To compare the estimated proportion of contraindications to combined oral contraceptives between women who obtained combined oral contraceptives in U.S. public clinics compared with women who obtained combined oral contraceptives over the counter (OTC) in Mexican pharmacies.
We recruited a cohort of 501 women who were residents of El Paso, Texas, who obtained OTC combined oral contraceptives in Mexico and 514 women who obtained combined oral contraceptives from family planning clinics in El Paso. Based on self-report of World Health Organization category 3 and 4 contraindications and interviewer-measured blood pressure, we estimated the proportion of contraindications and, using multivariable-adjusted logistic regression, identified possible predictors of contraindications.
The estimated proportion of any category 3 or 4 contraindication was 18%. Relative contraindications (category 3) were more common among OTC users (13% compared with 9% among clinic users, P=.006). Absolute contraindications (category 4) were not different between the groups (5% for clinic users compared with 7% for OTC users, P=.162). Hypertension was the most prevalent contraindication (5.6% of clinic users and 9.8% of OTC users). After multivariable adjustment, OTC users had higher odds of having contraindications compared with clinic users (odds ratio [OR] 1.59, 95% confidence interval [CI] 1.11–2.29). Women aged 35 years or older (OR 5.30, 95% CI 3.59–7.81) and those with body mass index 30.0 or more (OR 2.24, 95% CI 1.40–3.56) also had higher odds of having contraindications.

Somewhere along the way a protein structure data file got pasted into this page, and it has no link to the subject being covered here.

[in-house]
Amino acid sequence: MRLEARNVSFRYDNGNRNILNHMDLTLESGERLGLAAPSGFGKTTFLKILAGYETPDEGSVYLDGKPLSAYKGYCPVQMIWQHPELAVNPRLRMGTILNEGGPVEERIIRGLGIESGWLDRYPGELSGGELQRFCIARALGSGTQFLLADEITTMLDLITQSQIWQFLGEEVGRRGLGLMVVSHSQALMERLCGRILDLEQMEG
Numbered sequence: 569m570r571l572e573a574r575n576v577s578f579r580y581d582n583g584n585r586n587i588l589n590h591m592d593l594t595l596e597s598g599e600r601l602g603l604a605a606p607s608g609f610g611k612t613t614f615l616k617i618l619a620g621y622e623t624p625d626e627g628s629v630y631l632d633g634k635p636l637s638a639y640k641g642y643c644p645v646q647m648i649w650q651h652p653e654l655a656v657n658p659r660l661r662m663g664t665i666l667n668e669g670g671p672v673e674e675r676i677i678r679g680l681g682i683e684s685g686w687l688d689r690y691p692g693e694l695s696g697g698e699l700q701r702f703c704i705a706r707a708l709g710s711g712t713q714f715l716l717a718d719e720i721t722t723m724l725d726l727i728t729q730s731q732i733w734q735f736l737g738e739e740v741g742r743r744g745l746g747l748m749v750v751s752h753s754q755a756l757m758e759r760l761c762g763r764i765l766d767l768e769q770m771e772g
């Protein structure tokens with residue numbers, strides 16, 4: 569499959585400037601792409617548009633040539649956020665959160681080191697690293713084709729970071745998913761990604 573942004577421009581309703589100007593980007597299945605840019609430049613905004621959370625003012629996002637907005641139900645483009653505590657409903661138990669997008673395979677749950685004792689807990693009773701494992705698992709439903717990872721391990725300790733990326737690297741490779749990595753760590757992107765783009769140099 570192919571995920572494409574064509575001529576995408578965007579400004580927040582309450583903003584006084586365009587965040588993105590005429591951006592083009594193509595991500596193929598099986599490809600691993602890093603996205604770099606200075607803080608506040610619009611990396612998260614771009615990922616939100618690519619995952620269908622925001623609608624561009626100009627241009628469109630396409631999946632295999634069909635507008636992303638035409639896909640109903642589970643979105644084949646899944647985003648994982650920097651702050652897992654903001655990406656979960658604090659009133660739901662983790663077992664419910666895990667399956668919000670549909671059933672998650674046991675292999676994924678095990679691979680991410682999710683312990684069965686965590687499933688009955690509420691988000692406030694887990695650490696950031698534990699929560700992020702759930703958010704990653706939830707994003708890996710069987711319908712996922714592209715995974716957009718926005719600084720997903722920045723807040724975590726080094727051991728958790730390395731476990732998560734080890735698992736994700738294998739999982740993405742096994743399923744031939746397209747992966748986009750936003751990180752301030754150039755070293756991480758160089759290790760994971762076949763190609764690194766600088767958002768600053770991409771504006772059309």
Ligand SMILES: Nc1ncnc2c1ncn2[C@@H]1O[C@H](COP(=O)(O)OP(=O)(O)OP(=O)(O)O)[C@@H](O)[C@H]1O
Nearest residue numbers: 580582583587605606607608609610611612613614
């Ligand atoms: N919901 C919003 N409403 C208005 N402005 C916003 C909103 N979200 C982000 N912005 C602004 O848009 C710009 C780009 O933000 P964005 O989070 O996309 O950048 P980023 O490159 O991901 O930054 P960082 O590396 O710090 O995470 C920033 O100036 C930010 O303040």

Relative combined oral contraceptive contraindications are more common among OTC users in this setting. Progestin-only pills might be a better candidate for the first OTC product given their fewer contraindications.
Prevalence of relative, but not absolute, contraindications to combined oral contraceptive use is higher in women obtaining pills over the counter compared with by prescription.
From Ibis Reproductive Health, Oakland, California; the Population Research Center, University of Texas at Austin, Austin, Texas; the College of Health Sciences and Department of Languages and Linguistics, University of Texas at El Paso, El Paso, Texas; and the College of Nursing, New York University, New York, New York.
See related articles on pages 551 and 566.
Funded by a grant from the Eunice Kennedy Shriver National Institute of Child Health and Human Development (R01HD047816).
The authors thank Sandra G. García, Leticia Fernández, and the late Charlotte Ellertson for their contributions to the project design and help with writing the proposal that funded the work.
Presented at the annual meeting of the Society of Family Planning and the Association of Reproductive Health Professionals, September 30–October 3, 2009, Los Angeles, California.
Corresponding author: Daniel Grossman, Ibis Reproductive Health, 1330 Broadway, Suite 1100, Oakland, CA 94612; e-mail: DGrossman@ibisreproductivehealth.org.
Financial Disclosure The authors did not report any potential conflicts of interest.